Sunday, October 5, 2008
market outlook as of 10/05/2008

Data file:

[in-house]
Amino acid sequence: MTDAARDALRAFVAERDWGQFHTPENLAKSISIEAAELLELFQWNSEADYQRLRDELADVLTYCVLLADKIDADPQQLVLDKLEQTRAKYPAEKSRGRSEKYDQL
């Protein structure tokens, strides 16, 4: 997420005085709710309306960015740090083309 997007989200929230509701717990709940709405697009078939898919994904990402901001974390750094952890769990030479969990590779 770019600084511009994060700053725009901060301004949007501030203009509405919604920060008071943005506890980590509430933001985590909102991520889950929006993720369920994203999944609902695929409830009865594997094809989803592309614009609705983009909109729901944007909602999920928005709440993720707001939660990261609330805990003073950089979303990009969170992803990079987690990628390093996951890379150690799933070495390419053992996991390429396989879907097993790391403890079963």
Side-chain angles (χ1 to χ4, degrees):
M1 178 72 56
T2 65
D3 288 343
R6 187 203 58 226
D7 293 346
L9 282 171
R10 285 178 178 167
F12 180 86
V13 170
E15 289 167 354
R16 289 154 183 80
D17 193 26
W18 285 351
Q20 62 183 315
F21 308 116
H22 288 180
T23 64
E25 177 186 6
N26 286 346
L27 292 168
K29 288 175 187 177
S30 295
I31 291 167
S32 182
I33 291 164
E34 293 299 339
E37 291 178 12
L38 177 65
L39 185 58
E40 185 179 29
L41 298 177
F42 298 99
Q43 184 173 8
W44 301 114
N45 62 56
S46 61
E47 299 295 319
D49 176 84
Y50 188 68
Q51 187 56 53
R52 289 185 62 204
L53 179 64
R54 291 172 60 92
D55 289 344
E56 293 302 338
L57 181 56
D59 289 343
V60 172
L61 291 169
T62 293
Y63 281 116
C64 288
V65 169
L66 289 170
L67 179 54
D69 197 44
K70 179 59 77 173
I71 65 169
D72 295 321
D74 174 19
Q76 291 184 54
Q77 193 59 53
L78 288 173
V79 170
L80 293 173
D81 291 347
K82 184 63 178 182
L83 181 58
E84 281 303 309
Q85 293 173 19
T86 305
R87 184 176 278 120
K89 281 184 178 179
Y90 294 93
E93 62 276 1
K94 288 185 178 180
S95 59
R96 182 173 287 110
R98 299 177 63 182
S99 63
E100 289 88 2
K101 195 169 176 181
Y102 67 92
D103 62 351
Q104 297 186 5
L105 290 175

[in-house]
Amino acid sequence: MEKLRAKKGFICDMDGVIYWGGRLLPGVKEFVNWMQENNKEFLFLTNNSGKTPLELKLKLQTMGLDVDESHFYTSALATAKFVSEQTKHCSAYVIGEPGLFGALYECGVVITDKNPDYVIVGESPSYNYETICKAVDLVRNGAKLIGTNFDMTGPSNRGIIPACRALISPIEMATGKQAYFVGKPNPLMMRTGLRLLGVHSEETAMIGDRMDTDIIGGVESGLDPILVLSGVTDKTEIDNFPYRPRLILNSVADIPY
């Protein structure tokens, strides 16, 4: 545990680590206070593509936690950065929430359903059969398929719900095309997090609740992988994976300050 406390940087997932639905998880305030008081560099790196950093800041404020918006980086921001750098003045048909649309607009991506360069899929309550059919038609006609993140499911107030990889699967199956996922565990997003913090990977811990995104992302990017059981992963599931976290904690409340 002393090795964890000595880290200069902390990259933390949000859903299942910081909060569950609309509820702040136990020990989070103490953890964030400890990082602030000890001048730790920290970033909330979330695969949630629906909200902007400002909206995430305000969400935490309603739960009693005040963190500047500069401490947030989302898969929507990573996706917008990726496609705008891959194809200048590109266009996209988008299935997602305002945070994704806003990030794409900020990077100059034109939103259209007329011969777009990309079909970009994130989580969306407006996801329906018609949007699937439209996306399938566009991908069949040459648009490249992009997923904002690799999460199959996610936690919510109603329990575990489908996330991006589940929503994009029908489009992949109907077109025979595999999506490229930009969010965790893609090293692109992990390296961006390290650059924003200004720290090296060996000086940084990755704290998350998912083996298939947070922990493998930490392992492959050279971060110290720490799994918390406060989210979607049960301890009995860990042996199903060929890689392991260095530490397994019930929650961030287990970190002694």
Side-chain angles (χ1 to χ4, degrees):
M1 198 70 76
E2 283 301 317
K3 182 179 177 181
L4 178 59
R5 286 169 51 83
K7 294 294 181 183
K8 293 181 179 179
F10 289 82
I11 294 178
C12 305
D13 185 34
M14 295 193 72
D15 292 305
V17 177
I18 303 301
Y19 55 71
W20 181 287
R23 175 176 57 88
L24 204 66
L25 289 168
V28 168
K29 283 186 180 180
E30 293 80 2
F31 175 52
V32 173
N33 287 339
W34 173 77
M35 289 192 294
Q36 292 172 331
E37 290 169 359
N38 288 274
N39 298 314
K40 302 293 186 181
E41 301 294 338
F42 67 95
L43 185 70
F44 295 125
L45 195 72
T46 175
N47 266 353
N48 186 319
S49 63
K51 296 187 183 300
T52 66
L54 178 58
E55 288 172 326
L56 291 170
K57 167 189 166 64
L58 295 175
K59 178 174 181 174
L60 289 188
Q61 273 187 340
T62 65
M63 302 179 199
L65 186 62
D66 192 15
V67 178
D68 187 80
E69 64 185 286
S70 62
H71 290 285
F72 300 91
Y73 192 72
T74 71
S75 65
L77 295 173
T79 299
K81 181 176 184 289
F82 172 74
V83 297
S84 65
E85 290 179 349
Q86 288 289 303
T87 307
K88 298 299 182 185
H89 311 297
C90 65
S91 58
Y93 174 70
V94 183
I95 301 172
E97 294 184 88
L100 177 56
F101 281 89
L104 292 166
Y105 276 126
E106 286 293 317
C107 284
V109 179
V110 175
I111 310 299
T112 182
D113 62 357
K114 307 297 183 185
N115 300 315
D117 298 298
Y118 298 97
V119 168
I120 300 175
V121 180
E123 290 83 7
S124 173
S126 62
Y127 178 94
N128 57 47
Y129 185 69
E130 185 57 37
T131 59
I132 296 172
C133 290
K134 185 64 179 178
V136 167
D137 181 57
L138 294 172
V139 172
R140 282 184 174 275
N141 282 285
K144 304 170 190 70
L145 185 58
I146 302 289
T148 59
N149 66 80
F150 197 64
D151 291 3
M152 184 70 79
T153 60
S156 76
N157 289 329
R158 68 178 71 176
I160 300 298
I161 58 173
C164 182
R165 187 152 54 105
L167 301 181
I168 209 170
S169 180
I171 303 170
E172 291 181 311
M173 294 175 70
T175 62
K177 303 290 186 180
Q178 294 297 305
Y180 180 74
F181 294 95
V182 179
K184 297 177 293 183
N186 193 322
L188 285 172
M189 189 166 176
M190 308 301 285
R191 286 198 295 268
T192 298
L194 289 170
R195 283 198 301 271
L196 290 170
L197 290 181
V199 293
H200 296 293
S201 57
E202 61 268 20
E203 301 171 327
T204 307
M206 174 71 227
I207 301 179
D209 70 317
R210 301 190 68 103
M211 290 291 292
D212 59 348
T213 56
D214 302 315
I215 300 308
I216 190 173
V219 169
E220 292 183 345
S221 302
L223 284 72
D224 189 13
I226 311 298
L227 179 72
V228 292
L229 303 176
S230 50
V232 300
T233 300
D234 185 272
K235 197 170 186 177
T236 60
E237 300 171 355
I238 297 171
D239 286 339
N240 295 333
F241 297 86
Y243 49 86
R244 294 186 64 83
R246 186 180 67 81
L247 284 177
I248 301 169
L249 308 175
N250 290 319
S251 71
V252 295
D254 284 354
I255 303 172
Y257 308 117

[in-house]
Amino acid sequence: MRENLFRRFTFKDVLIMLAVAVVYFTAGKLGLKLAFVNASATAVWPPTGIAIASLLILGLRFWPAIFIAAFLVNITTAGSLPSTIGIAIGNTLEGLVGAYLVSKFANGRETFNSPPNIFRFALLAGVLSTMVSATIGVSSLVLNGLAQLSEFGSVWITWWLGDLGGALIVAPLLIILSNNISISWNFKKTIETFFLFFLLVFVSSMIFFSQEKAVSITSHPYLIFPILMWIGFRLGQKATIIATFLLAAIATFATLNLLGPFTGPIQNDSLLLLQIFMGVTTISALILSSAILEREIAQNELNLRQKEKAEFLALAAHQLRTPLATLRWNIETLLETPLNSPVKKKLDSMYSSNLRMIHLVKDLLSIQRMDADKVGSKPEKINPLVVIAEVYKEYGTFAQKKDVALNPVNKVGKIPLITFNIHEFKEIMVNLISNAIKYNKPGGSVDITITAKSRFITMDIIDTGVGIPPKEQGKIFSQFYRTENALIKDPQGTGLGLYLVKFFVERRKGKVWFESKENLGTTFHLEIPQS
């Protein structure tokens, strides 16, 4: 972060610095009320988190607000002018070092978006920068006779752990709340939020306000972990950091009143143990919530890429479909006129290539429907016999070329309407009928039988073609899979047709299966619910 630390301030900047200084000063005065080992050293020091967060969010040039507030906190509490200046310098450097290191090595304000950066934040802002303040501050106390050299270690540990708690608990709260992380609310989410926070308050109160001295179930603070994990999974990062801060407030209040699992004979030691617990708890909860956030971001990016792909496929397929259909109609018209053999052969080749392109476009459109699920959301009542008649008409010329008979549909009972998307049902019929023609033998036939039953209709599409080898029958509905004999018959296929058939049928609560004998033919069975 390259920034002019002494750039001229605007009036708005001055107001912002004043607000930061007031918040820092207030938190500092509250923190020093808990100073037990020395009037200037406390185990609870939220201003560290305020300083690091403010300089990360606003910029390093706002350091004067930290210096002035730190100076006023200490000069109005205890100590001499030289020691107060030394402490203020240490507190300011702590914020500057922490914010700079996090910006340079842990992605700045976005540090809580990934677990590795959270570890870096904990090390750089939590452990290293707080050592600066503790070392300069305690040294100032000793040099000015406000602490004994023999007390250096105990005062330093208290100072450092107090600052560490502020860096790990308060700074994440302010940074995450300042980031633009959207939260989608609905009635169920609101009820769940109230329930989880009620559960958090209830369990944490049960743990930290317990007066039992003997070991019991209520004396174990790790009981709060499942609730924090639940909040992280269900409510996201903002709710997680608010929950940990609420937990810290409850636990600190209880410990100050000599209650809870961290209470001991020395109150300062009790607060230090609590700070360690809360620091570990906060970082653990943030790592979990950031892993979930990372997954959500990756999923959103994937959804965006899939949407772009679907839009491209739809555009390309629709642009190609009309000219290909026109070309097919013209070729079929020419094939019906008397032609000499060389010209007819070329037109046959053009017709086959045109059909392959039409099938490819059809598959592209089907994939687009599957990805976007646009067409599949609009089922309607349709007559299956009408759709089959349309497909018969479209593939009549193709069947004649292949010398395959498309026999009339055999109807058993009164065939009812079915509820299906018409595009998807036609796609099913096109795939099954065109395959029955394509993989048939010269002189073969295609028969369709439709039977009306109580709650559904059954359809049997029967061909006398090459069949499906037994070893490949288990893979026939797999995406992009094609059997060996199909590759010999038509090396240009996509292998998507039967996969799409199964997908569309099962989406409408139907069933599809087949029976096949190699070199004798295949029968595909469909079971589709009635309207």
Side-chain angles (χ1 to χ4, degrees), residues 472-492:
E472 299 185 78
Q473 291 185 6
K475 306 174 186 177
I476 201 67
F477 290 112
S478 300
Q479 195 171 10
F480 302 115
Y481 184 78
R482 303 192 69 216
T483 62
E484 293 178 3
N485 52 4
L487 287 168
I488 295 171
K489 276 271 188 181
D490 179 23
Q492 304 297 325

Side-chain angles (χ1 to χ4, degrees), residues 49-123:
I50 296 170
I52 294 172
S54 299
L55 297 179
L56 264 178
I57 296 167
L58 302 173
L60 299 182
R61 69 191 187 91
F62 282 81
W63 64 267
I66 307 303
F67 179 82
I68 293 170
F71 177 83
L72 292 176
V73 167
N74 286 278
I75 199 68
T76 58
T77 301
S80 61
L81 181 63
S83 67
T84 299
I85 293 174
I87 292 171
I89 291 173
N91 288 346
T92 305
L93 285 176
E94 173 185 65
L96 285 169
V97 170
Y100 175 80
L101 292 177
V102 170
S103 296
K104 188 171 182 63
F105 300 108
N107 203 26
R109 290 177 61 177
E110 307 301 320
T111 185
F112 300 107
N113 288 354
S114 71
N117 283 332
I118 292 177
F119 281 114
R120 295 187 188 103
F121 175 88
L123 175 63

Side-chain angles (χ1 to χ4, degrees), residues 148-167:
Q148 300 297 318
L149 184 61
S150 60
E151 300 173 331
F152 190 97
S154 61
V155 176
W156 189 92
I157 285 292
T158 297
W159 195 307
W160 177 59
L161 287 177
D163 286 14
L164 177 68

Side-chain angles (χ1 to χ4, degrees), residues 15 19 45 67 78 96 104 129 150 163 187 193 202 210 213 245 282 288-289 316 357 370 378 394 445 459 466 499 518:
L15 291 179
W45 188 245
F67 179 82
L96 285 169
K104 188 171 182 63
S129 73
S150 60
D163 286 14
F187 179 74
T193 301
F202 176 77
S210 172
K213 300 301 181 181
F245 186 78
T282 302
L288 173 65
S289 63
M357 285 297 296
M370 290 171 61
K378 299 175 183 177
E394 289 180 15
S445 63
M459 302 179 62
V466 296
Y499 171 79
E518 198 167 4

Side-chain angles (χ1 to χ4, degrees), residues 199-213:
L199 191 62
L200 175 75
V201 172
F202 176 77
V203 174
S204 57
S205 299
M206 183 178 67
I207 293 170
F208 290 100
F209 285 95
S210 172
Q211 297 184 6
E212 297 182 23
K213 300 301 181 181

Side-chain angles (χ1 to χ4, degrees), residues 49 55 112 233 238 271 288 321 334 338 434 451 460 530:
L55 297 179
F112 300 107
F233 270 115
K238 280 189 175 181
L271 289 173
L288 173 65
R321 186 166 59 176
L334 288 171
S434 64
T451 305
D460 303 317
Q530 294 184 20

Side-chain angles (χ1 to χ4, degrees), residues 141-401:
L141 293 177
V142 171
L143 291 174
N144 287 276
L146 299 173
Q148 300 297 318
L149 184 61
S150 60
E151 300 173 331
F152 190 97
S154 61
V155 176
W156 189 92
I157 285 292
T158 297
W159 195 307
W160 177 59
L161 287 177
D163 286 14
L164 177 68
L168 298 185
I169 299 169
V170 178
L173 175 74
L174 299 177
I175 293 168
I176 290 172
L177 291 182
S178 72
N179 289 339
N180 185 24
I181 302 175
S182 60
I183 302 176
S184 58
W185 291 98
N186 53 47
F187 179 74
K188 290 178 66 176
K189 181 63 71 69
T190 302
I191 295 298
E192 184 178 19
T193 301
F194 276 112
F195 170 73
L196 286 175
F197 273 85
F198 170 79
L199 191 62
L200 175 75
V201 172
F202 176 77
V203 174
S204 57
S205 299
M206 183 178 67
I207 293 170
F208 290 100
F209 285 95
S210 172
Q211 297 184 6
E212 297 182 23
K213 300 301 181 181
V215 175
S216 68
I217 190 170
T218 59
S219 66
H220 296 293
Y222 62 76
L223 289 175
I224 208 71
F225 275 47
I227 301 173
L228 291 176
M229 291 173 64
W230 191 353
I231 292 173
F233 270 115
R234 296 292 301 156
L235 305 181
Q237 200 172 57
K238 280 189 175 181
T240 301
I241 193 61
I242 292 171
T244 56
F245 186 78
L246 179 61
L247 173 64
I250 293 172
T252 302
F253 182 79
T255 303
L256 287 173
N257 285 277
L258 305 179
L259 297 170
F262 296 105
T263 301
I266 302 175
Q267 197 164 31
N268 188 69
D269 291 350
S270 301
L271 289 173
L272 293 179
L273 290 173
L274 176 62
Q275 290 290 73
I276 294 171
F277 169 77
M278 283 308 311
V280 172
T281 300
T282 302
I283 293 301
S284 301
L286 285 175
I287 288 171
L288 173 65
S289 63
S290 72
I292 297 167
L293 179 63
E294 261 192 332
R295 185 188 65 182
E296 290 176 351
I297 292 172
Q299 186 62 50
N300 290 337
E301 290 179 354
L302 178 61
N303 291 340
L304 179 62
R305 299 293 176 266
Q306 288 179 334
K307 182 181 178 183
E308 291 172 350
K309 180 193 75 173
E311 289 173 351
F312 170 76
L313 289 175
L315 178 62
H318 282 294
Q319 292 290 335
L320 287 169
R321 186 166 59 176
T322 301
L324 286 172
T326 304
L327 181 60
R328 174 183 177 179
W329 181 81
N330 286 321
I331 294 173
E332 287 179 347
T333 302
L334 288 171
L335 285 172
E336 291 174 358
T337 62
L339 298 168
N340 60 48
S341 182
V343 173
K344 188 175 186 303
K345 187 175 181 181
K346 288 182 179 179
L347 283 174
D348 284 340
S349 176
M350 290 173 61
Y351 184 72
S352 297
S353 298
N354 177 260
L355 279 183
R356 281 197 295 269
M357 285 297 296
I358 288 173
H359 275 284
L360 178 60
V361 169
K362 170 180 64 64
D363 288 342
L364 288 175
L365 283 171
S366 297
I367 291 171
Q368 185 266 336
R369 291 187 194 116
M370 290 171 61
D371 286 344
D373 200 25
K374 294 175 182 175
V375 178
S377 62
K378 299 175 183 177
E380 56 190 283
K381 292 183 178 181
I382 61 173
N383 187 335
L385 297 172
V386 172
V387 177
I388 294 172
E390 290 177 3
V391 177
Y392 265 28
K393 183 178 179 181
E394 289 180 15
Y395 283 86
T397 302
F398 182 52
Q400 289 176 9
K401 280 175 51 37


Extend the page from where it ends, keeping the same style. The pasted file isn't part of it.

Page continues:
Long term credit market will be positively impacted by Bailout program --In the long term credit market, private fund is still tight. Most banks are hoarding funds to weather the storm. Hedge funds and private equity might struggle with groing withdraws and higher margin requirements. Also the recent market turmoil might push more hedge funds and private equity into the red. The contribution by Warrent Buffet and a few individual companies are not enough to shore up weakening economy balance sheet. Sovereign wealth funds owners are pinched by the hasty yet losing investments in the past year. They might not rush in until they see the light the tunnel. That said, only government have a deep pocket to replenish weakening economy's capital. Yes, melodram of the TARP program came to an end. Market confidence will be boosted. But the real economy effect won't be imminent and will take months to play out. Ongoing dislocation in short term credit market is expected to return to normalcy --Short term credit markets have been dislocated in the pas two weeks. 3M libor rate edged up to 4.2%, reflecting banks unwillingness to lend out funds. While 3M T-bill yield has been trading close to zero since the collapse of Lehman and bailout of AIG prompted the crazy flight to quality. What has been hurt most is the commerical paper markets. Distrust among money market investors for issuers' fundamental credit forced issuers to raise the rate and shift to overnight issuance. The weekly amout outstanding of commerical papers have creased by 200 bil to 1.6 tril. The World central banks has boosted the availability of liquidity by increasing swap lines and pumping more funds into banks. I believe the liquidity in short term market will be increased and the market will return to normalcy soon. Weakening Economy Fundamental --Yes, the bailout bill is passed. But the economy fundamental is going weaker. Credit crisis has spreaded into two direction, across the Altnatic ocean into the Europe and out of financial market into the real economy. Not just defaults, consumer defaults in credit cards and auto loans are on the rose. Large international companies used to rely on oversea revenue to prop their growth, now had no shelter to shun the brunt of global recession. Unemployment payrolls are also in the ascendancy. Though the unemployment rate in Oct was still holding at 6.1%, I do believe it will surge above 6.5% by the year end as more companies will go bankruptcy. Regional banks and buyout firms with piled debt loads will go down first. The bailout program might contain the destructive power of develerage process, but it could not preven a recession. Any recessions have to end up with enough consolidations and layoffs to save the costs and increase the productivity so that companies can regain their growth. Until now, we have witness the largest bank banktrupcies or nationalizations of this recession, it is hard to believe any large bank will go bankruptcy. --Also another fact complicated this crisis is the credit derivatives. This market has not been seriously tested in the free market since its inception. The pure size and unregulation nature of this market make itself hard to be controlled. The implications of the explosion of this in response to more company banktrucpies is treacherous. Government might have to take extreme ways, e.g invalidating some contracts, to avoid further dragging the economy downward. Stock market --Within this context, the stock market might have months to bottom out due to some aftershocks caused by coming Q3 earning releases and more bankruptcies. The peak-to-trough drop might reach 35%, meaning the YTD drop this year might reach 30%. Bonds --I except high yield credit will continue to deterioate for a while. But some investment grade markets, like AAA, have been punished by market panics and its yields are expected to narrow.